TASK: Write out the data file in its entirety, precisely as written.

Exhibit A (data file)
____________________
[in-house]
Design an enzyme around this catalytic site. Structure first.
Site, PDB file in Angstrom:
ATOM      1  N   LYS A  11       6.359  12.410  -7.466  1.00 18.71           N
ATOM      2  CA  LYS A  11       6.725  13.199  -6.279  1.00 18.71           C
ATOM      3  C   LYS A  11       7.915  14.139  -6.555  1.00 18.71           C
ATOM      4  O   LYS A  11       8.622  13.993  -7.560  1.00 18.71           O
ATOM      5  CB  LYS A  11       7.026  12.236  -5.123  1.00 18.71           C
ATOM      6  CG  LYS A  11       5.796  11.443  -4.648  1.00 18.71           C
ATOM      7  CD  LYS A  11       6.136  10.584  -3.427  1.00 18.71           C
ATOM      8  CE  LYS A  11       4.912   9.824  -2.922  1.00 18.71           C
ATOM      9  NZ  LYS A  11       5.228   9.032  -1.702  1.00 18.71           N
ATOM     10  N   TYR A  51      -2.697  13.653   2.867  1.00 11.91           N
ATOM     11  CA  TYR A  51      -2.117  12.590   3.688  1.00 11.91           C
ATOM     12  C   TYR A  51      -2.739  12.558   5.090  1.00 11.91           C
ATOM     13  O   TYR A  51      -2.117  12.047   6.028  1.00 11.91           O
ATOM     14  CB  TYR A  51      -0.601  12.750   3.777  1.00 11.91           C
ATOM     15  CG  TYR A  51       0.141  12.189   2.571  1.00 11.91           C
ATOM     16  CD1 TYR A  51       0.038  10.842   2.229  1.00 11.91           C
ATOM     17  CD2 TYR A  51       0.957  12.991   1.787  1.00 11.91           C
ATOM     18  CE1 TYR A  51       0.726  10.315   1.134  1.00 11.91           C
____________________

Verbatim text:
[in-house]
Design an enzyme around this catalytic site. Structure first.
Site, PDB file in Angstrom:
ATOM      1  N   LYS A  11       6.359  12.410  -7.466  1.00 18.71           N
ATOM      2  CA  LYS A  11       6.725  13.199  -6.279  1.00 18.71           C
ATOM      3  C   LYS A  11       7.915  14.139  -6.555  1.00 18.71           C
ATOM      4  O   LYS A  11       8.622  13.993  -7.560  1.00 18.71           O
ATOM      5  CB  LYS A  11       7.026  12.236  -5.123  1.00 18.71           C
ATOM      6  CG  LYS A  11       5.796  11.443  -4.648  1.00 18.71           C
ATOM      7  CD  LYS A  11       6.136  10.584  -3.427  1.00 18.71           C
ATOM      8  CE  LYS A  11       4.912   9.824  -2.922  1.00 18.71           C
ATOM      9  NZ  LYS A  11       5.228   9.032  -1.702  1.00 18.71           N
ATOM     10  N   TYR A  51      -2.697  13.653   2.867  1.00 11.91           N
ATOM     11  CA  TYR A  51      -2.117  12.590   3.688  1.00 11.91           C
ATOM     12  C   TYR A  51      -2.739  12.558   5.090  1.00 11.91           C
ATOM     13  O   TYR A  51      -2.117  12.047   6.028  1.00 11.91           O
ATOM     14  CB  TYR A  51      -0.601  12.750   3.777  1.00 11.91           C
ATOM     15  CG  TYR A  51       0.141  12.189   2.571  1.00 11.91           C
ATOM     16  CD1 TYR A  51       0.038  10.842   2.229  1.00 11.91           C
ATOM     17  CD2 TYR A  51       0.957  12.991   1.787  1.00 11.91           C
ATOM     18  CE1 TYR A  51       0.726  10.315   1.134  1.00 11.91           C